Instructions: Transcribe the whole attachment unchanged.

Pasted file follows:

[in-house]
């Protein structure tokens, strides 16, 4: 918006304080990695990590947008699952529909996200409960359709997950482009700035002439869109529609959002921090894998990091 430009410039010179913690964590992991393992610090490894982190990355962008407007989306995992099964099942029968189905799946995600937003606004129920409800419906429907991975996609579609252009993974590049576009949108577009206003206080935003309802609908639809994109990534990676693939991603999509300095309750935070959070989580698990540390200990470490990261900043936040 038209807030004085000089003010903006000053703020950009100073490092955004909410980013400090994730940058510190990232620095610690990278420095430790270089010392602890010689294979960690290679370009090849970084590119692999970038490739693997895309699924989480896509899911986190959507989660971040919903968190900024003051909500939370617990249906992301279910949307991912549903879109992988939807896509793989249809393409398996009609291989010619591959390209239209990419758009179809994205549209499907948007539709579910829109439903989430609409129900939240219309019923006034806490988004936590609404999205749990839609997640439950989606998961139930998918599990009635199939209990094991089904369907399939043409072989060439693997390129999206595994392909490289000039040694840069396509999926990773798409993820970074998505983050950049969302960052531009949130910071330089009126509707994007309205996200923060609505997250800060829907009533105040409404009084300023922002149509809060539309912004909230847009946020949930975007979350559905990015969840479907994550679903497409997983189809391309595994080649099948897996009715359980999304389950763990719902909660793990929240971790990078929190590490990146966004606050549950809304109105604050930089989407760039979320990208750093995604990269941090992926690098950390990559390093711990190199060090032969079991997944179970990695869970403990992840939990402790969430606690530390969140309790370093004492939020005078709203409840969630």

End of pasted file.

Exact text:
[in-house]
């Protein structure tokens, strides 16, 4: 918006304080990695990590947008699952529909996200409960359709997950482009700035002439869109529609959002921090894998990091 430009410039010179913690964590992991393992610090490894982190990355962008407007989306995992099964099942029968189905799946995600937003606004129920409800419906429907991975996609579609252009993974590049576009949108577009206003206080935003309802609908639809994109990534990676693939991603999509300095309750935070959070989580698990540390200990470490990261900043936040 038209807030004085000089003010903006000053703020950009100073490092955004909410980013400090994730940058510190990232620095610690990278420095430790270089010392602890010689294979960690290679370009090849970084590119692999970038490739693997895309699924989480896509899911986190959507989660971040919903968190900024003051909500939370617990249906992301279910949307991912549903879109992988939807896509793989249809393409398996009609291989010619591959390209239209990419758009179809994205549209499907948007539709579910829109439903989430609409129900939240219309019923006034806490988004936590609404999205749990839609997640439950989606998961139930998918599990009635199939209990094991089904369907399939043409072989060439693997390129999206595994392909490289000039040694840069396509999926990773798409993820970074998505983050950049969302960052531009949130910071330089009126509707994007309205996200923060609505997250800060829907009533105040409404009084300023922002149509809060539309912004909230847009946020949930975007979350559905990015969840479907994550679903497409997983189809391309595994080649099948897996009715359980999304389950763990719902909660793990929240971790990078929190590490990146966004606050549950809304109105604050930089989407760039979320990208750093995604990269941090992926690098950390990559390093711990190199060090032969079991997944179970990695869970403990992840939990402790969430606690530390969140309790370093004492939020005078709203409840969630």